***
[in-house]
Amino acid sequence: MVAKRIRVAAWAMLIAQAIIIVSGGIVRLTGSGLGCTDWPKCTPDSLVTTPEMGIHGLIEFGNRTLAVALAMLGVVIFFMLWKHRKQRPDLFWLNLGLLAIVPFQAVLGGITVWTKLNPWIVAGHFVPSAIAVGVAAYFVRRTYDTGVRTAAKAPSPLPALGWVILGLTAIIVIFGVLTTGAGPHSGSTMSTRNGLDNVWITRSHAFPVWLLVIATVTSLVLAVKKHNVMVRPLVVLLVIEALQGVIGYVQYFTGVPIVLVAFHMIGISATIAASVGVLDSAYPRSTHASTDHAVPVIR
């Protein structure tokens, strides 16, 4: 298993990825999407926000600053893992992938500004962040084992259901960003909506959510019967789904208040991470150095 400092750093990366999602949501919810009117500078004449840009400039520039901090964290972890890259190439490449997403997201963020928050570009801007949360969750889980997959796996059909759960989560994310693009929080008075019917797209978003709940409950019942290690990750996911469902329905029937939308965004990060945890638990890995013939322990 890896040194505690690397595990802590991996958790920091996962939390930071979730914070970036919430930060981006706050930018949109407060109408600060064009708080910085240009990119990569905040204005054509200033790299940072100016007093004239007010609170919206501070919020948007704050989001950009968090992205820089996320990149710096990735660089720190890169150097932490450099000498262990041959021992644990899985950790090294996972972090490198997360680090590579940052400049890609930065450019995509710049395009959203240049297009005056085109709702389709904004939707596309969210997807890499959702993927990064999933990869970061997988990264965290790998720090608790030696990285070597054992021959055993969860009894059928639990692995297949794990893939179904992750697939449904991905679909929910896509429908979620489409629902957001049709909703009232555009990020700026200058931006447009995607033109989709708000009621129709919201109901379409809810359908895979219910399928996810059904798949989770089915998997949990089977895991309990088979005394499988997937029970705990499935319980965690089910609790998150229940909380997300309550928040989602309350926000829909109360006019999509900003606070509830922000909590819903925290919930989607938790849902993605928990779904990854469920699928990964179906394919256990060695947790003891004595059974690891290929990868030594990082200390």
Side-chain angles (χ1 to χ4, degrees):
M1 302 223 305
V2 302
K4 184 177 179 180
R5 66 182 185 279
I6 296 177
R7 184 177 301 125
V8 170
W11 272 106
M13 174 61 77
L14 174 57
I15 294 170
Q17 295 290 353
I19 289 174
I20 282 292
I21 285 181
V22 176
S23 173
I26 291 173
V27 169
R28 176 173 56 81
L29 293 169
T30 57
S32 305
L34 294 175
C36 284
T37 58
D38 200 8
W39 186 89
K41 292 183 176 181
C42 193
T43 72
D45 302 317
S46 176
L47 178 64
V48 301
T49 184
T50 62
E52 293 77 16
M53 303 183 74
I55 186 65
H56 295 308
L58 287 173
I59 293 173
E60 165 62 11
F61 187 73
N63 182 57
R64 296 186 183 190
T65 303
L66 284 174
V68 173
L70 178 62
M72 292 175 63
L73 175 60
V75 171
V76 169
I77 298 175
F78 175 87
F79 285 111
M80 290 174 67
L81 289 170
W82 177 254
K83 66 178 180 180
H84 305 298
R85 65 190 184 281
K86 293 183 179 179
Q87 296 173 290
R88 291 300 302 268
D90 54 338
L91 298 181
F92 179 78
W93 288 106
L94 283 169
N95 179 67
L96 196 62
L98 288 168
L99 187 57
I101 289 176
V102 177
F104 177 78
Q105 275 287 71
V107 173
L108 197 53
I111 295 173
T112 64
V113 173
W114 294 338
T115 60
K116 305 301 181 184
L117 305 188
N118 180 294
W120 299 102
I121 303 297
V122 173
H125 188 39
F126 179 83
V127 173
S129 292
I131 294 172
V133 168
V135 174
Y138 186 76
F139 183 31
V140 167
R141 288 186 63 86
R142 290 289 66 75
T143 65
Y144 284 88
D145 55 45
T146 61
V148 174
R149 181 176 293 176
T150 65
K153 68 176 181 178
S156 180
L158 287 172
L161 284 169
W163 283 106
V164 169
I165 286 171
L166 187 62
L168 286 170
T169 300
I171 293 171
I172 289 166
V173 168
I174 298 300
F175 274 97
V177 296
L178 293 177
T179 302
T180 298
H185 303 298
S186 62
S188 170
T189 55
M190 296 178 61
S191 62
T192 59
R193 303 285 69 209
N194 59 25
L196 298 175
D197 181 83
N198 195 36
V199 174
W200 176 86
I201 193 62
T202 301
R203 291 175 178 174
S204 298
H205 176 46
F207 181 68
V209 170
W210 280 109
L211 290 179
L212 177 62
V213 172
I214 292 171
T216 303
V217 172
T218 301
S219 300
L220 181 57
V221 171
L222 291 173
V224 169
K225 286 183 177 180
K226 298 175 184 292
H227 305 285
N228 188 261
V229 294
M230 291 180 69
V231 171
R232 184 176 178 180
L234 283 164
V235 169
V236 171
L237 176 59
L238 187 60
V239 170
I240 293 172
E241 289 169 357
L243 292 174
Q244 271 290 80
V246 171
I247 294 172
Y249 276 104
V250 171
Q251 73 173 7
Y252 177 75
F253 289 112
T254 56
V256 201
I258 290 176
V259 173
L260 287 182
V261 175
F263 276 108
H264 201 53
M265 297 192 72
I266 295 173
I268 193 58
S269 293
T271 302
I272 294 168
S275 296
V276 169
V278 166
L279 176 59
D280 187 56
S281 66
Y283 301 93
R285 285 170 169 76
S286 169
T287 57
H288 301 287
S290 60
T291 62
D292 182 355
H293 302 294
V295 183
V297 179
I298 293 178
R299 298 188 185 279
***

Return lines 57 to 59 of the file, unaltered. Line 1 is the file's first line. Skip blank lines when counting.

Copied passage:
L73 175 60
V75 171
V76 169